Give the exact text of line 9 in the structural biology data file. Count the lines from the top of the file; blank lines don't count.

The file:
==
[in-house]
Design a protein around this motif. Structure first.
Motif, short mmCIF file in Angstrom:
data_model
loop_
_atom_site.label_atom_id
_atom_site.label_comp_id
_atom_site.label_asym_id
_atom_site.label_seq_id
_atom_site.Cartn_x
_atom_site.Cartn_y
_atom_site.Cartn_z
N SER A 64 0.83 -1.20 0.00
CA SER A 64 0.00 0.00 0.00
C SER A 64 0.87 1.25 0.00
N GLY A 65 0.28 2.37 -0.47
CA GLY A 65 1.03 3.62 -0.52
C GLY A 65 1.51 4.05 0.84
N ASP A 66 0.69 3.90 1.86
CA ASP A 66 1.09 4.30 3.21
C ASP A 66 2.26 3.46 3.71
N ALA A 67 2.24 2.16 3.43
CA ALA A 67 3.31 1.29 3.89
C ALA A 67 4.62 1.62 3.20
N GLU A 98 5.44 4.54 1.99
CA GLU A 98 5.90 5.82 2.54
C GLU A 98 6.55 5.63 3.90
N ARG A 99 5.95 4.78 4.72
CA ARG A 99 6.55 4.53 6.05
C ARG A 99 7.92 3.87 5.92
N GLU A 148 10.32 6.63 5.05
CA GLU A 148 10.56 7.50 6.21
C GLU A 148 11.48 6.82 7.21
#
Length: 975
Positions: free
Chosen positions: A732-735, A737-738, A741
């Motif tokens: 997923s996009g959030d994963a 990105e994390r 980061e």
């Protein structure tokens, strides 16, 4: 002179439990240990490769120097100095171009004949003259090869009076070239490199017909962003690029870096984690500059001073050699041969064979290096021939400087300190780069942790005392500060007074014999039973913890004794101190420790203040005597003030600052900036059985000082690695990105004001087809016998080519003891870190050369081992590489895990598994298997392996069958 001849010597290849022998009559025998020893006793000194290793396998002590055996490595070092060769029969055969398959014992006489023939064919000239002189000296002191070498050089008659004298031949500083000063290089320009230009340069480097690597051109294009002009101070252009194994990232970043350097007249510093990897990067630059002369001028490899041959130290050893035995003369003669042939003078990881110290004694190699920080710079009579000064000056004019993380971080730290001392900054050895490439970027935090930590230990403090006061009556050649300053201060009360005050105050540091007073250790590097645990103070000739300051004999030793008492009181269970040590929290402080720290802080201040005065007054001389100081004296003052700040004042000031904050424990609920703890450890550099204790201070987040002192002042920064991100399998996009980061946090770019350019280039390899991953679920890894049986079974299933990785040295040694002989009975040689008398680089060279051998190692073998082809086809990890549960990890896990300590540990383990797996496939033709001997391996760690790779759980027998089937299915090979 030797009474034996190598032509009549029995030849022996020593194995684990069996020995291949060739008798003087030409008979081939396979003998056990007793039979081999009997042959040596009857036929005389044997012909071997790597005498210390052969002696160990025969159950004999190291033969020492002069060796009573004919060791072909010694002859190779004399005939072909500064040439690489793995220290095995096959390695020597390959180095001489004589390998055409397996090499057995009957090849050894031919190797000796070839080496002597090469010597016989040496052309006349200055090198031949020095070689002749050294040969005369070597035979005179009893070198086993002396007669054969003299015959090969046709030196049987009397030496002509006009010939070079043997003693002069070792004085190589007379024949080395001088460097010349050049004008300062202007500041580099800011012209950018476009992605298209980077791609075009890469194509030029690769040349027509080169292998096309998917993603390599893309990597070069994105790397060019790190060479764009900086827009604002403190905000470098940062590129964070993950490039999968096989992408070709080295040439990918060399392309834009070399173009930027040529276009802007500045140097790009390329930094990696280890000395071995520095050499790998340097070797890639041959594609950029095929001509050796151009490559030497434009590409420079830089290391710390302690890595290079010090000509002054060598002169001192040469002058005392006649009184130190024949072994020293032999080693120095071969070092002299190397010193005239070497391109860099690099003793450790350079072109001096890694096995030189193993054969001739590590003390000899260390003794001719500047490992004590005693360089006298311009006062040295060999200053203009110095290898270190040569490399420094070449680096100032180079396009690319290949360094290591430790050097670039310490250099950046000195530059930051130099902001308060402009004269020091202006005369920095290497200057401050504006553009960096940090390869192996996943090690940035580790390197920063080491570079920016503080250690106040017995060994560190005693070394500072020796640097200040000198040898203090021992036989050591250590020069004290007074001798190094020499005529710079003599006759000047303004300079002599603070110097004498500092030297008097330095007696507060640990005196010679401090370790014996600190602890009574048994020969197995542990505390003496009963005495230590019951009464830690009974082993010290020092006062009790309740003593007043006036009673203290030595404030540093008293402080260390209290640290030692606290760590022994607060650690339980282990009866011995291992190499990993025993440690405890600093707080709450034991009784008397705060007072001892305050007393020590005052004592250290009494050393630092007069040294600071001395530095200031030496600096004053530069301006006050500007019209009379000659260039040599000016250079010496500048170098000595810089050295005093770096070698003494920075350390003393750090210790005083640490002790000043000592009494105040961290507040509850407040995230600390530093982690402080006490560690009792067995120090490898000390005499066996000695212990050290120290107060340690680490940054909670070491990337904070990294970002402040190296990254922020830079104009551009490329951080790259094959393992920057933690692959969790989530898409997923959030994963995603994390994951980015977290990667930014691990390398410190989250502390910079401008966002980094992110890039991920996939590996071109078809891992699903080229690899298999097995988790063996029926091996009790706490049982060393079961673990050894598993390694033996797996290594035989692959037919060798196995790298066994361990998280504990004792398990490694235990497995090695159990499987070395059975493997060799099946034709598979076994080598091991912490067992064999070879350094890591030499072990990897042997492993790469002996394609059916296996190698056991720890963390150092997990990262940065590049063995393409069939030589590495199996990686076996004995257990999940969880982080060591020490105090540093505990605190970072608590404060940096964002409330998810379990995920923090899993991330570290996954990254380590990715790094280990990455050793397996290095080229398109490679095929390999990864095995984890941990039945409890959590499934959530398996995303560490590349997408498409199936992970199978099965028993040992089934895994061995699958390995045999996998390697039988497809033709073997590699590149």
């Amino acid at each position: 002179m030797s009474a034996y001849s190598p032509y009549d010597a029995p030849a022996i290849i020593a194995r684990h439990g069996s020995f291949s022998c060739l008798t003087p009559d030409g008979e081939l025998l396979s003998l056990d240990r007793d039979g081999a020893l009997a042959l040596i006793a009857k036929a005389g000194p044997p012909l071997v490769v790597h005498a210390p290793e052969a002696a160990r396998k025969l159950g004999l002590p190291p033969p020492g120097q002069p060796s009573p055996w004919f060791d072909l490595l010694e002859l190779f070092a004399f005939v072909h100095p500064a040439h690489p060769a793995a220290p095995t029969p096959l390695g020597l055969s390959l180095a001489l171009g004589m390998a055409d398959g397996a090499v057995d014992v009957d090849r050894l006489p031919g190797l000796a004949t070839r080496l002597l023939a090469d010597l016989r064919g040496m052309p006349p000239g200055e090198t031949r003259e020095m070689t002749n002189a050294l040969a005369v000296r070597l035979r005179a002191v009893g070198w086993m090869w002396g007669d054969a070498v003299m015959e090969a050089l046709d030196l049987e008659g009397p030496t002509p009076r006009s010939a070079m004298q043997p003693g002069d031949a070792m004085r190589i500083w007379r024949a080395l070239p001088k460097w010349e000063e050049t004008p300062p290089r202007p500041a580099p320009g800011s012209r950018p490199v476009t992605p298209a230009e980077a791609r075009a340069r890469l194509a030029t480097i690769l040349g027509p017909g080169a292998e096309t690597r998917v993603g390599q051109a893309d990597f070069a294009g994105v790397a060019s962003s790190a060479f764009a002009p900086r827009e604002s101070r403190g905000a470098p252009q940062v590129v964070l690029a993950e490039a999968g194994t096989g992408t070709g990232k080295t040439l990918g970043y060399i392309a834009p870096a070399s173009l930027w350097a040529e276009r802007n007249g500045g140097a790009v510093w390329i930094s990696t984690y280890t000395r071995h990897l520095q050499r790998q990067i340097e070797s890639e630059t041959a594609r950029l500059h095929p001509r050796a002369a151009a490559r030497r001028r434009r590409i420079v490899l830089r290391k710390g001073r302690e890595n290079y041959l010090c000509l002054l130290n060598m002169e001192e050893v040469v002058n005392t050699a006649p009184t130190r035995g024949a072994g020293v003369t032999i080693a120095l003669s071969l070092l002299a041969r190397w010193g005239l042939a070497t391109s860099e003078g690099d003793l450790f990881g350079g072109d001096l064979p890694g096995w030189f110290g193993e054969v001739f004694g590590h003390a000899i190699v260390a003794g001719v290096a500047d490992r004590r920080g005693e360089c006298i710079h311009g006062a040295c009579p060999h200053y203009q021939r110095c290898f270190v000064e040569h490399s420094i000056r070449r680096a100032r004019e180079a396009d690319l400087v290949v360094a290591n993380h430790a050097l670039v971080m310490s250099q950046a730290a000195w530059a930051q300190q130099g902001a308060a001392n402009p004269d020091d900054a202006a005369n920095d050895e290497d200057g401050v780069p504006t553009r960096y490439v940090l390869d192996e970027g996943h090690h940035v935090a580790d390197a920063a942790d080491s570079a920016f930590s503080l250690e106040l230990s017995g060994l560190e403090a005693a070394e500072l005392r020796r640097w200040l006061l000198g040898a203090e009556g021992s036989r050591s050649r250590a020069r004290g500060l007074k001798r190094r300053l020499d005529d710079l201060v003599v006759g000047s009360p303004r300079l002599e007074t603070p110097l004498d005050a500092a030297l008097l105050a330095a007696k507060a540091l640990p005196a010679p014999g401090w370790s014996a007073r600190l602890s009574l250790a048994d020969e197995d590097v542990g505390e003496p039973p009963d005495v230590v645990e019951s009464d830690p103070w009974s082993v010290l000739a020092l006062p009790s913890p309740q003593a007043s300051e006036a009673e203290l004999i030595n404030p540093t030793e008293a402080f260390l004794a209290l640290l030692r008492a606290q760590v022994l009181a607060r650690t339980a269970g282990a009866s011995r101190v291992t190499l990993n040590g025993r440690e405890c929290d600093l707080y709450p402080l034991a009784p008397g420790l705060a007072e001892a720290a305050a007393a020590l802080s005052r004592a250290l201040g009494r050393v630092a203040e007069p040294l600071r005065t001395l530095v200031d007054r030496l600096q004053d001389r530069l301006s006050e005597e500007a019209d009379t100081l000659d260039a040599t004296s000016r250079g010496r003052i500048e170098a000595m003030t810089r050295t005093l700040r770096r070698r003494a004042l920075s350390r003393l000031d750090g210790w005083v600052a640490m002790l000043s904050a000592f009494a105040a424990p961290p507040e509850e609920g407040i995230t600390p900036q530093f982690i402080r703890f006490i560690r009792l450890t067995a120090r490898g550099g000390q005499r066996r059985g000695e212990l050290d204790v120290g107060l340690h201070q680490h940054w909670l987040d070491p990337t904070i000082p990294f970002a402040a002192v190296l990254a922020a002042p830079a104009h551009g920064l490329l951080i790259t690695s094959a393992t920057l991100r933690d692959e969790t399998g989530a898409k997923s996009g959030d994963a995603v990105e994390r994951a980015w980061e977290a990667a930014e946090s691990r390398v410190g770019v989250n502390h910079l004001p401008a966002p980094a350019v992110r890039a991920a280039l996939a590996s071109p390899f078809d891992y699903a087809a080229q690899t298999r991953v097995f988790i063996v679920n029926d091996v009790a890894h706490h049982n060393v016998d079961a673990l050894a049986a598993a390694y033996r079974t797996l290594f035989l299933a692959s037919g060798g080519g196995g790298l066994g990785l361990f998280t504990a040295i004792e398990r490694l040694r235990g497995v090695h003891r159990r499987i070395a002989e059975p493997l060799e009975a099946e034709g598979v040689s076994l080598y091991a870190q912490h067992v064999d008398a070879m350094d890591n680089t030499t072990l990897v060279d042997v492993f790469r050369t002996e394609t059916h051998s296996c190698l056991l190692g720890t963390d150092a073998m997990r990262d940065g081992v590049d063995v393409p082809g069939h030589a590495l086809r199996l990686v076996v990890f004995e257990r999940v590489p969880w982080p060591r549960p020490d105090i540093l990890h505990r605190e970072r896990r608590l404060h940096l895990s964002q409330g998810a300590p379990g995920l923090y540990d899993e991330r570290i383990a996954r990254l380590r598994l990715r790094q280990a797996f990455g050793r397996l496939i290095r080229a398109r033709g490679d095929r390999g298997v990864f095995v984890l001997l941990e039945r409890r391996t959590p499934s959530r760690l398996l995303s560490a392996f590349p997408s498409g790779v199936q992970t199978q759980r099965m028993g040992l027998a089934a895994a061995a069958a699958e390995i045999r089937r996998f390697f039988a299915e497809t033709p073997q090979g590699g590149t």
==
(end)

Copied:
_atom_site.label_seq_id